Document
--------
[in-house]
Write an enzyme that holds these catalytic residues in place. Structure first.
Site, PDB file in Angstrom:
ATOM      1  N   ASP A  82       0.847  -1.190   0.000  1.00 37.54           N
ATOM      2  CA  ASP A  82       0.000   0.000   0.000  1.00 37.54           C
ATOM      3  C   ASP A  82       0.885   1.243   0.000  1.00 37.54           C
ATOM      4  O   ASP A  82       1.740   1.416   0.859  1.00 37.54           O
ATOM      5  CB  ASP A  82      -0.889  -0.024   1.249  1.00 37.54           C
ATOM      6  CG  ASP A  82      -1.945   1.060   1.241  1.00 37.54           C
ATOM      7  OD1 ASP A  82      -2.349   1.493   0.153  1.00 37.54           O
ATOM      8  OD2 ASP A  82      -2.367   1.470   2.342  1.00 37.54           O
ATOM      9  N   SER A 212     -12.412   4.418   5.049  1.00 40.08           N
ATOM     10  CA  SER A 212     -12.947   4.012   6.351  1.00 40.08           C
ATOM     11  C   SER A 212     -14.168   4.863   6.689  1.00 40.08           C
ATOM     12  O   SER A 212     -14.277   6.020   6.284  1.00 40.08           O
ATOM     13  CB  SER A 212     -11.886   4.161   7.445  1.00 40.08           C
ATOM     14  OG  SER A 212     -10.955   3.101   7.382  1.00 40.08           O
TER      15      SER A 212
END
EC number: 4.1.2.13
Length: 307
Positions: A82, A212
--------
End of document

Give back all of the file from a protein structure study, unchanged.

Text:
[in-house]
Write an enzyme that holds these catalytic residues in place. Structure first.
Site, PDB file in Angstrom:
ATOM      1  N   ASP A  82       0.847  -1.190   0.000  1.00 37.54           N
ATOM      2  CA  ASP A  82       0.000   0.000   0.000  1.00 37.54           C
ATOM      3  C   ASP A  82       0.885   1.243   0.000  1.00 37.54           C
ATOM      4  O   ASP A  82       1.740   1.416   0.859  1.00 37.54           O
ATOM      5  CB  ASP A  82      -0.889  -0.024   1.249  1.00 37.54           C
ATOM      6  CG  ASP A  82      -1.945   1.060   1.241  1.00 37.54           C
ATOM      7  OD1 ASP A  82      -2.349   1.493   0.153  1.00 37.54           O
ATOM      8  OD2 ASP A  82      -2.367   1.470   2.342  1.00 37.54           O
ATOM      9  N   SER A 212     -12.412   4.418   5.049  1.00 40.08           N
ATOM     10  CA  SER A 212     -12.947   4.012   6.351  1.00 40.08           C
ATOM     11  C   SER A 212     -14.168   4.863   6.689  1.00 40.08           C
ATOM     12  O   SER A 212     -14.277   6.020   6.284  1.00 40.08           O
ATOM     13  CB  SER A 212     -11.886   4.161   7.445  1.00 40.08           C
ATOM     14  OG  SER A 212     -10.955   3.101   7.382  1.00 40.08           O
TER      15      SER A 212
END
EC number: 4.1.2.13
Length: 307
Positions: A82, A212